Date and Place of Birth: New Orleans, Louisiana September 20, 1908
Died: New Orleans, Louisiana, March 9, 1987
Position: First Base
Rank: Master Sergeant
Military Unit: US Army
Area Served: Mediterranean Theater of Operations
Major League Stats: Zeke Bonura on Baseball-Almanac
The 6-foot, right-handed hitting first baseman was the Texas League MVP with the Dallas Steers in 1933. At age 25, he was with the White Sox in 1934 and batted .302 with 27 home runs and 110 RBIs.
In 1938, Bonura was traded to the Senators for Joe Kuhel and despite having hit 101 home runs in five seasons, he was known mostly for his poor defensive work.
By 1941, Bonura was back in the minors and was leading the American Association in hitting while playing for the Minneapolis Millers as a Cubs' farmhand. But in September he entered military service with the US Army at Camp Shelby in Hattiesburg, Mississippi. For three months he served as a physical instructor until, on December 5, 1941, he was honorably discharged after Congress released men aged 28 years and older from service.
During the winter months at Camp Shelby, Bonura organized wrestling, boxing and basketball events. When the spring came around he began to think about baseball, even though Camp Shelby did not have a ballfield at the time. "I got down on my hands and knees with these other fellows," he told sportswriter, Elliott Chaze, "and picked up rock for rock, for over a week, to clear the infield."
Bonura then contacted his hometown New Orleans Pelicans and acquired their old uniforms for his players. By the summer he had four leagues running at Camp Shelby, and earned promotion to corporal.
In the spring of 1943, Bonura was sent to Oran in Algeria, where he continued to organize baseball leagues as well as softball leagues for male and female service personnel. By the end of the summer Bonura had set-up 20 baseball diamonds with salvaged materials and supervised 150 teams in six leagues, involving nearly 1,000 players. The culmination of the season was the World Series of North Africa between the Casablanca Yankees and the Algiers Streetwalkers. The Yankees were crowned North African champions.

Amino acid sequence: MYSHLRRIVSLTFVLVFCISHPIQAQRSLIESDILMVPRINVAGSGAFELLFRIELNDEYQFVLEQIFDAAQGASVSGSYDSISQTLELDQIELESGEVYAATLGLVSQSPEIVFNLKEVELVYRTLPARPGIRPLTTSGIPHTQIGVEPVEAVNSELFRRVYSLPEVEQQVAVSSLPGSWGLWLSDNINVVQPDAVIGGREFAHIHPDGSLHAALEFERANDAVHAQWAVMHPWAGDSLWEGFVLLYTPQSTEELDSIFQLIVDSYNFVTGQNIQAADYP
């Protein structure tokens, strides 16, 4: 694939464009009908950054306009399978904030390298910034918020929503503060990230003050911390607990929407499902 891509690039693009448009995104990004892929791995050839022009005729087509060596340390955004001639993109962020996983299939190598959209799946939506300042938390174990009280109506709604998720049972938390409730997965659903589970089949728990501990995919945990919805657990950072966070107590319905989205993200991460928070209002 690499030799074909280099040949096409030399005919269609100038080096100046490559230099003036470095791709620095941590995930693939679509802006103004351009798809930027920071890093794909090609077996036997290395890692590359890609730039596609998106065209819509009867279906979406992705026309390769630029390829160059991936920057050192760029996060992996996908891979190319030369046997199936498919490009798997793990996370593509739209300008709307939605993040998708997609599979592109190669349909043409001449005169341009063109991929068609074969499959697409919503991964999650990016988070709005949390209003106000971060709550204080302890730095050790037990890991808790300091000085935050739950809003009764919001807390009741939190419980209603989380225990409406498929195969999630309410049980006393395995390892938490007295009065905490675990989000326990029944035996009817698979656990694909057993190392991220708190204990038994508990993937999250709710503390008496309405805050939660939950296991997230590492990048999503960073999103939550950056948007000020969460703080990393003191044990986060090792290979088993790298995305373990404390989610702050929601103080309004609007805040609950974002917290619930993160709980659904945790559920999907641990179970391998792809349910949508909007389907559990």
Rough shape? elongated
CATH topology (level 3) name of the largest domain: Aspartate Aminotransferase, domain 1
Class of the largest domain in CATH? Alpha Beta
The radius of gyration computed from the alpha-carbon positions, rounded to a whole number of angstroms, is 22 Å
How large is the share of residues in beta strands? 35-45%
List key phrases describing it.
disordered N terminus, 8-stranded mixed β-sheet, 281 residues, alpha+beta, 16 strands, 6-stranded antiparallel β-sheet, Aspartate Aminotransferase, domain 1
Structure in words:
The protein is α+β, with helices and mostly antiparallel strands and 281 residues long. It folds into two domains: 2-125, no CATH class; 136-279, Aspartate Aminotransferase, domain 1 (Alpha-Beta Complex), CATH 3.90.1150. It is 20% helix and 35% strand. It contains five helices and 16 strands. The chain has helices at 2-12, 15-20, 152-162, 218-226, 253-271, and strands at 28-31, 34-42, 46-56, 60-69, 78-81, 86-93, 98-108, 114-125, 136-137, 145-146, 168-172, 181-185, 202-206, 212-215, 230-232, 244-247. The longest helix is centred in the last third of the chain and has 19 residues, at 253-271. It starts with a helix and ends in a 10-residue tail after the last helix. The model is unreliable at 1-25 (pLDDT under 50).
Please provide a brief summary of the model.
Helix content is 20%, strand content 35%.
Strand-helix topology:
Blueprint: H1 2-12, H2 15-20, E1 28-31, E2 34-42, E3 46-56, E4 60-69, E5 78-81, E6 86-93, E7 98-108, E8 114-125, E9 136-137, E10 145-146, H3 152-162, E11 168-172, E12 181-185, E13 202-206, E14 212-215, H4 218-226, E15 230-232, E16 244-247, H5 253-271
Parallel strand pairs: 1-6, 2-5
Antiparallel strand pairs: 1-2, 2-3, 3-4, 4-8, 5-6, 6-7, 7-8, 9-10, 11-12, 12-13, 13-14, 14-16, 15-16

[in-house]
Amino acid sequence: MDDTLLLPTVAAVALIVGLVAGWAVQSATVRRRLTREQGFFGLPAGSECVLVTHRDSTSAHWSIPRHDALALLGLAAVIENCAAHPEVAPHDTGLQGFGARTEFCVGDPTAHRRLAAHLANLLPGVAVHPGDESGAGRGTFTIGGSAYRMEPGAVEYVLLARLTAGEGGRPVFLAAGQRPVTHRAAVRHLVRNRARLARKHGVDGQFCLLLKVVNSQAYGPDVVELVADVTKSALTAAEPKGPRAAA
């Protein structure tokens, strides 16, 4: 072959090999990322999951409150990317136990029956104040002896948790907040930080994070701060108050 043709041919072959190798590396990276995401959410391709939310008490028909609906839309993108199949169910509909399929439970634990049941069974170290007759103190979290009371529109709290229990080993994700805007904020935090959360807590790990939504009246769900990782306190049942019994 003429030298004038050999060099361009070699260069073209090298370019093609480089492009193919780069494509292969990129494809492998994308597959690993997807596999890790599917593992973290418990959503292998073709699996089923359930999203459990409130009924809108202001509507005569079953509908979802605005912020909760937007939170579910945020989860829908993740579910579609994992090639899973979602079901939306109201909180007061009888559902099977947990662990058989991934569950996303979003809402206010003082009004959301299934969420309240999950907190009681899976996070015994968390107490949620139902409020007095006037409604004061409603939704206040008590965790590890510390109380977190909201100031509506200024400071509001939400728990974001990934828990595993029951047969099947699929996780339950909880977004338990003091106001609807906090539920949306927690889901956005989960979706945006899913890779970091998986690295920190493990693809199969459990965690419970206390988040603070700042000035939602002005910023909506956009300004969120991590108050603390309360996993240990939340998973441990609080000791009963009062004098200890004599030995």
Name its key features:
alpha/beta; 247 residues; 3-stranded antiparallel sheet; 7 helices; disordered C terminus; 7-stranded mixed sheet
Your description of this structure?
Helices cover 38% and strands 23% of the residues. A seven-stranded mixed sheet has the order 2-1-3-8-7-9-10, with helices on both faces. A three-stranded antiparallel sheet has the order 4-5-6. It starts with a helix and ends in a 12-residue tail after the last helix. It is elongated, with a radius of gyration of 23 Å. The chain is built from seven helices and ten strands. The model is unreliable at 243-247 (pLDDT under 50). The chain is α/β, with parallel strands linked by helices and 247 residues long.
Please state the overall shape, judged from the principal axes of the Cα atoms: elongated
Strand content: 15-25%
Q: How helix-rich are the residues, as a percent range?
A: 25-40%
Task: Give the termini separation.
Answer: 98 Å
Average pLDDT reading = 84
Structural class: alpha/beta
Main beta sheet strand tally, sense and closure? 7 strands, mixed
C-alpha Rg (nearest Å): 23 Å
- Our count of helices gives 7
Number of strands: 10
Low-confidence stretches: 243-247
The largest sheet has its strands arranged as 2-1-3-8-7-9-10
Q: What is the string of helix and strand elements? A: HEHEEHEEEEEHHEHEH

For his contributions to the morale of the armed forces in North Africa, General Dwight D Eisenhower presented Bonura with a Legion of Merit Award on October 26, 1943. His citation read, in part: "By his resourcefulness, enthusiasm and leadership [Bonura] was able to overcome many shortages in needed assistance and construction materials, and he established twenty baseball fields in the area through the use of volunteer assistants and salvaged materials."
In the winter months he organized football and basketball games, and on January 1, 1944, he staged the Arab Bowl, played in San Philipe Stadium in Oran in which the Army defeated the Navy 10-7. Bonura followed the advancing Allied forces into Europe and he continued to organize and promote baseball events for the benefit of the troops. "I didn't play much," Bonura later recalled, "just a little bit with a headquarters team. I wasn't there to play ball, but to have the GIs play, keep the fellas busy till they got up to the front line."
|Bonura with the
Negro championship team in
“When the runs, hits and errors of this war are totaled up,” wrote Al Schacht - the Clown Prince of Baseball - in GI Had Fun, “and they look around for unsung heroes of the ball game, I’m sure they’ll pin a medal on the broad chest of Zeke Bonura. What he has done for the morale of the American soldier can never be fully revealed except by the GI himself.”
Bonura attempted a comeback in 1946 at the age of 37, catching on briefly with Minneapolis and then with the Thibodaux Giants in the Evangeline League. He continued to play in the minors until 1949 when he was 43 years old.
Zeke Bonura passed away on March 9, 1987. He was 78 years old.
Some of the above information was obtained from S Derby Gisclair's biography of Bonura on BaseballLibrary.com
Created January 14, 2007. Updated March 7, 2008.
Copyright © 2015 Gary Bedingfield (Baseball
in Wartime). All Rights Reserved.